Motor City Radio Flashbacks

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March 5th, 2015

Motor City Radio Flashbacks logoFrom the MCRFB news archive: 1963







NASHVILLE — The air crash deaths of four country country music personalities, including three nationally known “Grand ‘Ole Opry” stars, stunned the industry and thousands of country music fans throughout the nation last week.

Patsy Cline (click on image for larger view).

Patsy Cline (click on image for larger view).

Killed Tuesday evening, March 5, near Camden, Tennessee, in the single-engine plane were Decca Records’ Patsy Cline; Starday’s mainstay, Cowboy Copas; King Records’ artist Hawkshaw Hawkins, and Randy Hughes, talent manager and personal manager to Miss Cline.

Telegrams, cables, phone calls and flowers poured into the city from all parts of the country and overseas as the fatal news broke on the wire services Wednesday morning, March 6.

Irony played its role in the tragedy, as the victims were returning from Kansas City, Missouri, where they had played a benefit performance for the widow of Cactus Jack Call, a country deejay who was killed recently in an automobile accident.

The plane had stopped in Dyersburg, Tennessee, to refuel. It departed Dyersburg about 6 p.m. on the last hop to Nashville. The Dyersburg airport manager, Bill Braese, said Hughes had given his name as pilot of the craft but no flight plan was filed.

The weather in the area at the time of the accident was termed “extremely turbulent.” Cab investigators were at the scene of the crash Wednesday and Thursday to make a detailed probe of the wreckage in an effort to learn the smashup. It is expected to take several days, if not weeks, to complete the studies, one of the investigators reported.

Many persons in the mid-Tennessee area went to the Camden area Tuesday night to join the search after learning of its late status over WSM radio. Of those joining the search, many were “Opry” and music industry personalities.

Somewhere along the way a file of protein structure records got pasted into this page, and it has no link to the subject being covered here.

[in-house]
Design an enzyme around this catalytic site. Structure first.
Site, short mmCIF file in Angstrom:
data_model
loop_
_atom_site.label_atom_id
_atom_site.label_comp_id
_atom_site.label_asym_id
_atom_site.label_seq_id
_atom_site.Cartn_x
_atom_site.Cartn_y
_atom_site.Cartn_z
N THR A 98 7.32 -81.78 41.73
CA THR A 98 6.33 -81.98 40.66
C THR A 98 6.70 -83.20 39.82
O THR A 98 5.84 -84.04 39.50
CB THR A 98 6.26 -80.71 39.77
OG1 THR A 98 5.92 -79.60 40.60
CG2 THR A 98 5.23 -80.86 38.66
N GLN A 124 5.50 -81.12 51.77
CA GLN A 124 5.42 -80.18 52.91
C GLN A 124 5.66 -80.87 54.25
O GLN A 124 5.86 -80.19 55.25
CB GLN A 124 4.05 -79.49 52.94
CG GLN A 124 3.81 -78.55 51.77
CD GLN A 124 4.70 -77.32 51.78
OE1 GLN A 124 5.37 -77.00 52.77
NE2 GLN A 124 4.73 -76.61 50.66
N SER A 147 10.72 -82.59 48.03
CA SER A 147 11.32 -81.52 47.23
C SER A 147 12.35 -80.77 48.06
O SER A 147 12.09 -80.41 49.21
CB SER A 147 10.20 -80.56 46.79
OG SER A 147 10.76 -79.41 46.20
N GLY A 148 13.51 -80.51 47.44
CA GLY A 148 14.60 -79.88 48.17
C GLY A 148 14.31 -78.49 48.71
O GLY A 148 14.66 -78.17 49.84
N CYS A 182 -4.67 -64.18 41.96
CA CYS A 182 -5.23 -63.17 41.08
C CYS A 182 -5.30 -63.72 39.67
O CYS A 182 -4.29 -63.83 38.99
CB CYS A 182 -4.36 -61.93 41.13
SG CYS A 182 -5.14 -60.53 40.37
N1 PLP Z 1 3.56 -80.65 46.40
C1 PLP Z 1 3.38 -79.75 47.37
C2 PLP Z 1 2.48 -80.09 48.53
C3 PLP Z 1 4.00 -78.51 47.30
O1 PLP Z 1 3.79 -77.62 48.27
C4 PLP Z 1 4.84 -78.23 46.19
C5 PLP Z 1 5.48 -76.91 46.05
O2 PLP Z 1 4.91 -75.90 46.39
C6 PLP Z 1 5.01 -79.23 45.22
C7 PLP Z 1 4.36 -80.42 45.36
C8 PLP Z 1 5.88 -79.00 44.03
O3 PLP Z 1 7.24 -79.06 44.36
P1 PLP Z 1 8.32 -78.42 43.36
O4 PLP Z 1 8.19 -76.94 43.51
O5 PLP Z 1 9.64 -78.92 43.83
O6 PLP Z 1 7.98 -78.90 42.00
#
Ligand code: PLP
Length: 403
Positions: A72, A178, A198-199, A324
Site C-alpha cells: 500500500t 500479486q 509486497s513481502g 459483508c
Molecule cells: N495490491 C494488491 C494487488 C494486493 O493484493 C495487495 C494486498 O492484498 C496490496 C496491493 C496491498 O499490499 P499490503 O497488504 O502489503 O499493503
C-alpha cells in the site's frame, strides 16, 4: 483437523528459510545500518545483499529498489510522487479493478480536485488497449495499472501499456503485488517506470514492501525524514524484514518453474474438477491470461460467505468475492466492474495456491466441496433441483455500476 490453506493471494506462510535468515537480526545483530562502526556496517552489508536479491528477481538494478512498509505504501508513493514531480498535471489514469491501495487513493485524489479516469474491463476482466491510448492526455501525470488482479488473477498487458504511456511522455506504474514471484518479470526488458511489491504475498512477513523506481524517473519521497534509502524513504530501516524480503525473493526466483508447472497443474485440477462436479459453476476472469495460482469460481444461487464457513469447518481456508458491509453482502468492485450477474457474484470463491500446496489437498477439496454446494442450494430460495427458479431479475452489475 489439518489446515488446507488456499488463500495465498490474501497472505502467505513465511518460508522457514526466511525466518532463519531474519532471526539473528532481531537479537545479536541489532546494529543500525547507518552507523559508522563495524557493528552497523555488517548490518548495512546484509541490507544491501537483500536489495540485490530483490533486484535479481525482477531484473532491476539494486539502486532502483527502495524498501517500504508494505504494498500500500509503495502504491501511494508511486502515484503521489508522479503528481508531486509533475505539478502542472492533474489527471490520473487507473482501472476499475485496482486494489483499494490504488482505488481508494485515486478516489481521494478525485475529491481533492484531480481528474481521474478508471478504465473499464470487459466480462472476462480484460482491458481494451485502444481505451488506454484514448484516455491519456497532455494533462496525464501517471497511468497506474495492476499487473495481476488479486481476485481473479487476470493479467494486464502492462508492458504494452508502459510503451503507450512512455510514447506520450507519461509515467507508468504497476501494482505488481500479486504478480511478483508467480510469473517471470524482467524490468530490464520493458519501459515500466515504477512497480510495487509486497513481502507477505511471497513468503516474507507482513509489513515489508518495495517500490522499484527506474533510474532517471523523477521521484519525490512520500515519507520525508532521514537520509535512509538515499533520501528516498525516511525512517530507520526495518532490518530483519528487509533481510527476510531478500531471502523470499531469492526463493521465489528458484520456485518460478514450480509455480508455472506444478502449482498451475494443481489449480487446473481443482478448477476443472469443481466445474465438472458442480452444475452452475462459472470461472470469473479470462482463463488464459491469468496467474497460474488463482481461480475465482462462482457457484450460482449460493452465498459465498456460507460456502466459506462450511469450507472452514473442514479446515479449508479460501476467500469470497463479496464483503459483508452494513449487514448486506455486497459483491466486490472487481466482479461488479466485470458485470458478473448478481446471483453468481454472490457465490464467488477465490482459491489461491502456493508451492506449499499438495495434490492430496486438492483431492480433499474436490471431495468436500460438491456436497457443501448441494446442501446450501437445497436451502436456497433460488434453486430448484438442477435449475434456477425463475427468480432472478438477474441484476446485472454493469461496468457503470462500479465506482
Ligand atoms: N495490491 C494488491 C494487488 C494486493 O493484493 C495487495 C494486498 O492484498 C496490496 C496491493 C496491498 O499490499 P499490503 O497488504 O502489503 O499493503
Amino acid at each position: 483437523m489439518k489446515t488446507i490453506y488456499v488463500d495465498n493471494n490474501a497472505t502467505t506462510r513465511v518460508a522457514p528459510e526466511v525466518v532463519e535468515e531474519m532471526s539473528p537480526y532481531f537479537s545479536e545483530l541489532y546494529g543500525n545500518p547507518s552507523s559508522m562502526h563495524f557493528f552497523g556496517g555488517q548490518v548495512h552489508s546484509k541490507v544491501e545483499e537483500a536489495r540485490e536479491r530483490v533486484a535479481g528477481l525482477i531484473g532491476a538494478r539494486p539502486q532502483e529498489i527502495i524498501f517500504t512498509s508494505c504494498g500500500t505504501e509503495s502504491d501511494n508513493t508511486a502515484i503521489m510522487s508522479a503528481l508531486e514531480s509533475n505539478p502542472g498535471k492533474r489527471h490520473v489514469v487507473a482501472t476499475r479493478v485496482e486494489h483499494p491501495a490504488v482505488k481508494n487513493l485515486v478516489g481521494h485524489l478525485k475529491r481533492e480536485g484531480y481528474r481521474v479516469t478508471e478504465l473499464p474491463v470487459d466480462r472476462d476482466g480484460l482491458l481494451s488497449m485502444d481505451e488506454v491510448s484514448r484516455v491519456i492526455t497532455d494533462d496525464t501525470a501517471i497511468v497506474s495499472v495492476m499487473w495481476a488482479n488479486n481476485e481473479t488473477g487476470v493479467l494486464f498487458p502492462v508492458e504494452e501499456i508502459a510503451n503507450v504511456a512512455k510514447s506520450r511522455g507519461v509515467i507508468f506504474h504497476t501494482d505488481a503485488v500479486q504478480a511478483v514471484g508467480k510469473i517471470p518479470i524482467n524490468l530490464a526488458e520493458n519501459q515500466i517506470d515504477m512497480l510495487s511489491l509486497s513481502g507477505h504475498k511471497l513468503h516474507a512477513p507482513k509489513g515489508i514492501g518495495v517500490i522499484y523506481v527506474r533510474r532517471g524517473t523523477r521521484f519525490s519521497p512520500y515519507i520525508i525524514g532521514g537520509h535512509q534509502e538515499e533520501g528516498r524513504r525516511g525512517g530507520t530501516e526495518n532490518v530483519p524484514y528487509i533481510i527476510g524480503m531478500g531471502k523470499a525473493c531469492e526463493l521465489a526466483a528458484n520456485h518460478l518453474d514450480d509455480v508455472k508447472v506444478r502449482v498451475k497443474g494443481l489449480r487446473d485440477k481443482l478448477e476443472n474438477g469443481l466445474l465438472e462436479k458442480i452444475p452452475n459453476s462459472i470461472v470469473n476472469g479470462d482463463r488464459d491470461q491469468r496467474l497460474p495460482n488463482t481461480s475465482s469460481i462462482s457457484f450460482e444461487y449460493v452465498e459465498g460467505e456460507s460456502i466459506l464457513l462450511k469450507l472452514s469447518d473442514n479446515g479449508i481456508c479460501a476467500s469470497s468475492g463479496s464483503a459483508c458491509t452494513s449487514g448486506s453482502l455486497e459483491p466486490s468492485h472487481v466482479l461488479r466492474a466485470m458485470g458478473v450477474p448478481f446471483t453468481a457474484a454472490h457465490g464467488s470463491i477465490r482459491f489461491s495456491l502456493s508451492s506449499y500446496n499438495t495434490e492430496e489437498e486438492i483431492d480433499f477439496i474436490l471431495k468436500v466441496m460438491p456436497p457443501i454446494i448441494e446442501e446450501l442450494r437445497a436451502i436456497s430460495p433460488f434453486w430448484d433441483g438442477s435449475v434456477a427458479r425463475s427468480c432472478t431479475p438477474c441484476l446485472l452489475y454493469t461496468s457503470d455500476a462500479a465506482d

The plane apparently struck a large tree before hitting the ground. Parts of the aircraft was located hanging in the tree and a three foot hole marked the spot where the main part of the fuselage struck the ground. After the wreckage was located, more than two hundred cars lined the highway near the scene of the accident.

On Wednesday (March 6) the Tennessee House of Representatives, now in session, stood in silent tribute to the victims. Governor Clement voiced a comment typical of the many which poured into the city:

“With the deaths of Patsy Cline, Cowboy Copas, Hawkshaw Hawkins and Randy Hughes, the entertainment world suffers a great professional loss.

“They were typical of the serious-minded, hard working professional people dedicated to country music artistry. 

“I counted them among close friends and extend my deep and sincere sympathy to their families.”

Ott Devine, “Grand ‘Ole Opry” manager, said: “WSM and the ‘Grand ‘Ole Opray’ are stunned and deeply saddened. We have lost great talent as well as the closet personal relationship. This tragic happening has brought sorrow throughout the entire music industry, as well as to many of thousand faithful friends and admirers. 

Said also John H. DeWitt in a statement: “They were great entertainers in the finest tradition of the ‘Opray,’ and (they were) great personages in their own right. The loss is one which will be felt throughout the music industry , and particularly by their many friends at WSM.”

Patsy Cline has several million-seller records, including, “I Fall To Pieces” and “Walking After Midnight.” Her current hit is “Leaving On Your Mind.” Cline got her start on the Arthur Godfrey “Talent Scouts” in the mid-1950s and joined the “Opry” in 1960.

THE NASHVILLE BANNER Wednesday, March 6, 1963 (click on image for larger size).

THE NASHVILLE BANNER Wednesday, March 6, 1963 (click on image for larger size)

Decca’s local promotions chief, Owen Bradley, said: “There was no better female vocalist than Patsy Cline.” She just recently cut an album, “Faded Love,’ Bradley said. “I don’t know when, if ever, if it will be released.”

Off stage, Patsy Cline is Mrs. Charles Dick. She is survived by her husband and their two small children.

Several years ago, Patsy was in an automobile accident in Madison, near Nashville. In that accident one person was killed, while Patsy sustain facial and head injuries which left her in critical condition for several weeks.

Copas was a 17-year veteran with the “Opry.” The soft-spoken native of Oklahoma has had numerous hit platters. Some of the big ones include “Filipino Baby” and “Signed, Sealed And Delivered.” Most recently his biggest record has been a revised version of “Alabam.” Copas is survived by his widow, Lucy, and their three children.

Hawkins interests centered on his wife, “Opry” star Jean Shepard, and their son, Donnie Robbin; country music and Tennessee walking horses. His big records include “Slow Poke,” “Soldier’s Joy” and “Bad News Travels Fast.” Hawkins maintained a stable of horses and was in the process of getting them ready for the spring and summer shows.